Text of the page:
Calcitriol decreases pro-inflammatory cytokines and protects against severe hemorrhagic shock induced-organ damage in rats

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Resuscitation after hemorrhagic shock (HS) could result in increased pro-inflammatory cytokines and then multiple organ dysfunctions. Calcitriol exerts pleiotropic effects in a wide variety of target tissues and has a role against anti-inflammation. The present study was aimed to investigate the modulatory effects of calcitriol on the pathophysiological and inflammatory markers following HS in rats.

Materials and methods

By withdrawing 60% of the total blood volume over 30 min via a femoral artery catheter in rats, HS was induced. Afterwards, 10 ng/kg calcitriol was injected intravenously in rats. After performing these procedures, hemodynamic status of mean arterial pressure (MAP) and heart rate (HR) were continuously monitored for 12 h. Hemoglobin, lactic dehydrogenase (LDH), creatine phosphokinase (CPK), liver and renal function were measured at 30 min before the induction of HS and 0, 1, 3, 6, 9, and 12 h after HS, while an equal volume of normal saline as replacement fluid. At 1 and 12 h after inducing HS, serum levels of tumor necrosis factor-α (TNF-α), and interleukin-6 (IL-6) levels were measured, and the livers, kidneys and lungs were taken out and then examined histo-pathologically at 48 h after inducing HS.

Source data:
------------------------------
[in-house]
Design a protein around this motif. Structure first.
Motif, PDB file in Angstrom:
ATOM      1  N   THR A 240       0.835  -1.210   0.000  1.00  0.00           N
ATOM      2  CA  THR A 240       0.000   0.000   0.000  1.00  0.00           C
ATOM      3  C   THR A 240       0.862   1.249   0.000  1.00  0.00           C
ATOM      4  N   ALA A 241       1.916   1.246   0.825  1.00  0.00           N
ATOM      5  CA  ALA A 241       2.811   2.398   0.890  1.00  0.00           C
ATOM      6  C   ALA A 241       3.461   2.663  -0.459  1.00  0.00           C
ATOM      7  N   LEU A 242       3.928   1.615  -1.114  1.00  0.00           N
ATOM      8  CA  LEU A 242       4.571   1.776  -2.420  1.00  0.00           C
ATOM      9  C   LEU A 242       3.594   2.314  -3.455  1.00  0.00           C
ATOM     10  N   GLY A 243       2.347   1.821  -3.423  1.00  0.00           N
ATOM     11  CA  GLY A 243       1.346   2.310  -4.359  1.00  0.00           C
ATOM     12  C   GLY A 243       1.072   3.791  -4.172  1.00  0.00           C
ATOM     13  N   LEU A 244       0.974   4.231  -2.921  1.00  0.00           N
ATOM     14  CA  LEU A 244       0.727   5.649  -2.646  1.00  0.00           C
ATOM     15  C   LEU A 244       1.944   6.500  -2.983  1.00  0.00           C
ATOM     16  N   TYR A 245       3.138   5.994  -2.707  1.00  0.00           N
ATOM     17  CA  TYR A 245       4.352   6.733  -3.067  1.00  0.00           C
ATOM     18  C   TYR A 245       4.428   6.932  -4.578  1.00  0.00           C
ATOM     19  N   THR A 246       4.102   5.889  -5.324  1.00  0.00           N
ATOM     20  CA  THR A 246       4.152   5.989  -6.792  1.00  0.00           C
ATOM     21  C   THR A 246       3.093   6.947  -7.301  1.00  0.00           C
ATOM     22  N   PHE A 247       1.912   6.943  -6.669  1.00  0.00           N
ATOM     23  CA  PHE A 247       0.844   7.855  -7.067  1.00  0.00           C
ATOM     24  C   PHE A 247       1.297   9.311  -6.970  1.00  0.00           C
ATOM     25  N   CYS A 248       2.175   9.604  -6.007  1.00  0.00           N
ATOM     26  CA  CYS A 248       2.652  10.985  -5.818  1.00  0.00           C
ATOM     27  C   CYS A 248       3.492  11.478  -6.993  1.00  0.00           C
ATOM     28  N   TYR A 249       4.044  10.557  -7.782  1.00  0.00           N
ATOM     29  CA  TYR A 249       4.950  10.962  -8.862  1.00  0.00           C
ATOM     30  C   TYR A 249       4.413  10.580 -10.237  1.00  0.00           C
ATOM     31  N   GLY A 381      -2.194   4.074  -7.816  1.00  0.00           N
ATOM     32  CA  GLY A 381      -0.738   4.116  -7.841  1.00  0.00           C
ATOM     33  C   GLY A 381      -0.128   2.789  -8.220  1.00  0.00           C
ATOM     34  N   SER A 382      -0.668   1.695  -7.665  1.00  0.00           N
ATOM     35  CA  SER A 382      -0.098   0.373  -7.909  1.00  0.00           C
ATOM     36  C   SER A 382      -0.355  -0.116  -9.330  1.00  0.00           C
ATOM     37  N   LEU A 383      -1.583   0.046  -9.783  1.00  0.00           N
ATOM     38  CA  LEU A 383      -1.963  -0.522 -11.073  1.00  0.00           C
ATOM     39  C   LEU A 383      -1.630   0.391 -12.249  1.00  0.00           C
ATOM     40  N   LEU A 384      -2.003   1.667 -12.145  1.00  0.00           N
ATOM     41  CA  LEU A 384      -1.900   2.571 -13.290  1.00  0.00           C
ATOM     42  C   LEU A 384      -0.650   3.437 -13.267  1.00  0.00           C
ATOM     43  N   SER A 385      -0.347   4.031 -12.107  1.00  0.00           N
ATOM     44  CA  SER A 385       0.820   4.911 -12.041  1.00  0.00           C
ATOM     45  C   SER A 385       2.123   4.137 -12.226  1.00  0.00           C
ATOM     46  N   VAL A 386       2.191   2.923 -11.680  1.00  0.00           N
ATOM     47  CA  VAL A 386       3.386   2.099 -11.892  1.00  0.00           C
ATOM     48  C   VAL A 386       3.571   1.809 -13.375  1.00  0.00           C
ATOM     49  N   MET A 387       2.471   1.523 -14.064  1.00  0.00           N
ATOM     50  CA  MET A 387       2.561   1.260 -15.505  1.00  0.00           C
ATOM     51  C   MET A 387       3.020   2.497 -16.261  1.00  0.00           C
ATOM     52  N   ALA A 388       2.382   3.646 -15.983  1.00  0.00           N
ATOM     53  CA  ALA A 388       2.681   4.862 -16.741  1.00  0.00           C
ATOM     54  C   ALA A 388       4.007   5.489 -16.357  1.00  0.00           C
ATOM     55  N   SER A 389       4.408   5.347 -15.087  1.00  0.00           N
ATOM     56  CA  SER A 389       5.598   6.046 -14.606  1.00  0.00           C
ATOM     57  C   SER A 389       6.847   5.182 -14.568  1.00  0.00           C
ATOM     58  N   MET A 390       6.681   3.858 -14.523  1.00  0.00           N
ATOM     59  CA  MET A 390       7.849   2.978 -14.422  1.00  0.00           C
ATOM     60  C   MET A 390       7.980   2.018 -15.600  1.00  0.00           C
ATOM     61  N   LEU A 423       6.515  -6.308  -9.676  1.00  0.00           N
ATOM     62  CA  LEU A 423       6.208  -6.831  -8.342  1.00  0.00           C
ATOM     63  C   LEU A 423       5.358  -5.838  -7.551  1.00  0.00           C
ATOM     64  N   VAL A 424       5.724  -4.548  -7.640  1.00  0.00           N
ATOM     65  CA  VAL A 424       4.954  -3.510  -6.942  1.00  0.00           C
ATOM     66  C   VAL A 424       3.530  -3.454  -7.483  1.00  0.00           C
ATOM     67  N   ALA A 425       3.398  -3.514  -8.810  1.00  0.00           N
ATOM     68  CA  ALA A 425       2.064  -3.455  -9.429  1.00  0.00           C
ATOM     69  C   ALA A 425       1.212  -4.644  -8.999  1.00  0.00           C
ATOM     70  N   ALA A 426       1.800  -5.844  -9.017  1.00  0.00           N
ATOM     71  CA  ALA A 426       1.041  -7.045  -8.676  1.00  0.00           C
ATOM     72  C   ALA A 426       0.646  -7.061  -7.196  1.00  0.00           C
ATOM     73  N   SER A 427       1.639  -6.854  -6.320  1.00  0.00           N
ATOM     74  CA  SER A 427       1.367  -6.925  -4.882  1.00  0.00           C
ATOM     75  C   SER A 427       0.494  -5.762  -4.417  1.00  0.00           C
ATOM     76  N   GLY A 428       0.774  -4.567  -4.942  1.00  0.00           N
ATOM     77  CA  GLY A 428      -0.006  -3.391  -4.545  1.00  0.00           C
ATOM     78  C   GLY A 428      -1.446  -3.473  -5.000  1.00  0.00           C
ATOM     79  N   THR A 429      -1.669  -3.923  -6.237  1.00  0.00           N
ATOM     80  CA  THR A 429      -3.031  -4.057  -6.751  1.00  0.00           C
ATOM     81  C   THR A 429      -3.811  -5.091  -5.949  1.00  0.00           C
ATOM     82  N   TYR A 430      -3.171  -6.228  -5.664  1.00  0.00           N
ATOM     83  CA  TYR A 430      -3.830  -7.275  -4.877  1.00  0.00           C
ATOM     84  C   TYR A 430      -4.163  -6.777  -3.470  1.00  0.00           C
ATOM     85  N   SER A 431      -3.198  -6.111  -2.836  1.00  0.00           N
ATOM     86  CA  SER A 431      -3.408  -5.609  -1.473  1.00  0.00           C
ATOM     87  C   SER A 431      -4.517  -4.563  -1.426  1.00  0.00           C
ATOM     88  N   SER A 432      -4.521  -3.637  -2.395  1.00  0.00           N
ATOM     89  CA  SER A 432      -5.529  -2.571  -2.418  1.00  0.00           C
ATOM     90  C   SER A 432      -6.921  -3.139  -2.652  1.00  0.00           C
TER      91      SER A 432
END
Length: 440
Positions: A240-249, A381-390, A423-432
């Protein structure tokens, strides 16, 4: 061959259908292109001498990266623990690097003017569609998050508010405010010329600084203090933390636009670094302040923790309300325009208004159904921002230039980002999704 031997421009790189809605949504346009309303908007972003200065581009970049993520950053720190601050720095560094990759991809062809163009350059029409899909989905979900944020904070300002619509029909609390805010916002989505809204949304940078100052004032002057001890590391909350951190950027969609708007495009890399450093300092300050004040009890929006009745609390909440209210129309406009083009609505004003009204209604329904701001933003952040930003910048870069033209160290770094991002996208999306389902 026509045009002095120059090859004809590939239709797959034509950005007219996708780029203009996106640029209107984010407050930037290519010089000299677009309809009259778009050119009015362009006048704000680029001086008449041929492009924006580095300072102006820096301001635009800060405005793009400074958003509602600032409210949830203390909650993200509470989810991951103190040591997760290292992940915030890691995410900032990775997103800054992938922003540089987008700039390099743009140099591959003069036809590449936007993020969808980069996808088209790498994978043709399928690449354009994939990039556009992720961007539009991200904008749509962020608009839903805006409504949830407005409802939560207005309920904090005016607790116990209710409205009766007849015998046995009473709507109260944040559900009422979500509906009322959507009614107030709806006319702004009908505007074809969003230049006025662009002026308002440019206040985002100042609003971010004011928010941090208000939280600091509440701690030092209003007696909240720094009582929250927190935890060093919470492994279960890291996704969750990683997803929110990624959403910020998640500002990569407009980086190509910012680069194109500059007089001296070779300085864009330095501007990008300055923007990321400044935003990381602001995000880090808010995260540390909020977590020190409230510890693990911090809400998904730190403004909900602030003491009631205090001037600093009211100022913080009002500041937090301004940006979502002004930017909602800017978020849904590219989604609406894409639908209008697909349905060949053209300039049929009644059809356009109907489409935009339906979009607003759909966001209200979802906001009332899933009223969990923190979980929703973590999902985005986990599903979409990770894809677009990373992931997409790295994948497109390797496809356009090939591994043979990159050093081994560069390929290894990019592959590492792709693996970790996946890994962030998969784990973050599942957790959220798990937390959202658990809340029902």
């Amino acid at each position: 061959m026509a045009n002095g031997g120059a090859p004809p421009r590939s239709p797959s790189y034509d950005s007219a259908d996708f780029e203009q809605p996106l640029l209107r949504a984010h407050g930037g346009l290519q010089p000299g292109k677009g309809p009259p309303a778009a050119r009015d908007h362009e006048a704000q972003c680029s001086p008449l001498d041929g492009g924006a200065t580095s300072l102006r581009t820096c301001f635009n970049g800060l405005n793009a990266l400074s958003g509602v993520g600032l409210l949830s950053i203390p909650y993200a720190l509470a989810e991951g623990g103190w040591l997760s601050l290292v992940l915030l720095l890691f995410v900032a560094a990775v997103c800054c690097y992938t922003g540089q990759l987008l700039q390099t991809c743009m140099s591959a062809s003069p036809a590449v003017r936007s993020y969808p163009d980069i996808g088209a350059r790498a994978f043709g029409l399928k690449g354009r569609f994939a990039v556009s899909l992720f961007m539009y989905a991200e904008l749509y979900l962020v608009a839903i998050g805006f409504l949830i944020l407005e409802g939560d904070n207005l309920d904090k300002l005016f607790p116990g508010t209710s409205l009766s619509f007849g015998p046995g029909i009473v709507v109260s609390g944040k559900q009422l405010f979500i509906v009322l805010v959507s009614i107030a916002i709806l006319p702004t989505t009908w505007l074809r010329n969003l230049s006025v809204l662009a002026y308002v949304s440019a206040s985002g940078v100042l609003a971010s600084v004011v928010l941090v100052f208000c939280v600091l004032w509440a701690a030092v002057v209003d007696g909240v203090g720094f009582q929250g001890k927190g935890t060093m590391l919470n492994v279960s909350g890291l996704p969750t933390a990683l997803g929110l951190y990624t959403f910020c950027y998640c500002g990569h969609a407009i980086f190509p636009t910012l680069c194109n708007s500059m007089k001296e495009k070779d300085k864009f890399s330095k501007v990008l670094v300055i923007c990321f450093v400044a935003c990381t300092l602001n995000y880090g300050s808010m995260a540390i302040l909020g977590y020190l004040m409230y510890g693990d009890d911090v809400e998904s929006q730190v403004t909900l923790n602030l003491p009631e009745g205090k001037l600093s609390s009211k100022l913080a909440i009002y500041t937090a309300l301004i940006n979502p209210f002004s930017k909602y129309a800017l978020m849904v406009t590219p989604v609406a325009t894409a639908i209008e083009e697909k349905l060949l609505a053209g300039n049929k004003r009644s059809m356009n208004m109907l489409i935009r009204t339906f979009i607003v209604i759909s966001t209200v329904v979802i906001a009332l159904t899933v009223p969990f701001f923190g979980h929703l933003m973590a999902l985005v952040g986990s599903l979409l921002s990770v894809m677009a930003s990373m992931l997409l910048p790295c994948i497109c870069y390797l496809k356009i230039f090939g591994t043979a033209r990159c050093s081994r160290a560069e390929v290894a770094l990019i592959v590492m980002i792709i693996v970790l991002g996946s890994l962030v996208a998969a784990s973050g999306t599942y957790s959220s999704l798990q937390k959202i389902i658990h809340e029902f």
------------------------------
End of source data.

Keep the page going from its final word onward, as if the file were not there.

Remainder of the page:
Hemoglobin and MAP were significantly decreased, liver and renal function were significantly impaired, but HR and the levels of LDH, CPK, TNF-α and IL-6 were significantly increased after HS in rats. After being treated with calcitriol following HS resulted in better survival rate, lower serum levels of TNF-α and IL-6, and lesser hepatic, renal, and pulmonary histo-pathologic scores of injury in rats.


Being treated with calcitriol after HS could ameliorate the pro-inflammatory reactions by modulating the effects of cytokines, which lead to prevention of subsequent major organ damages.

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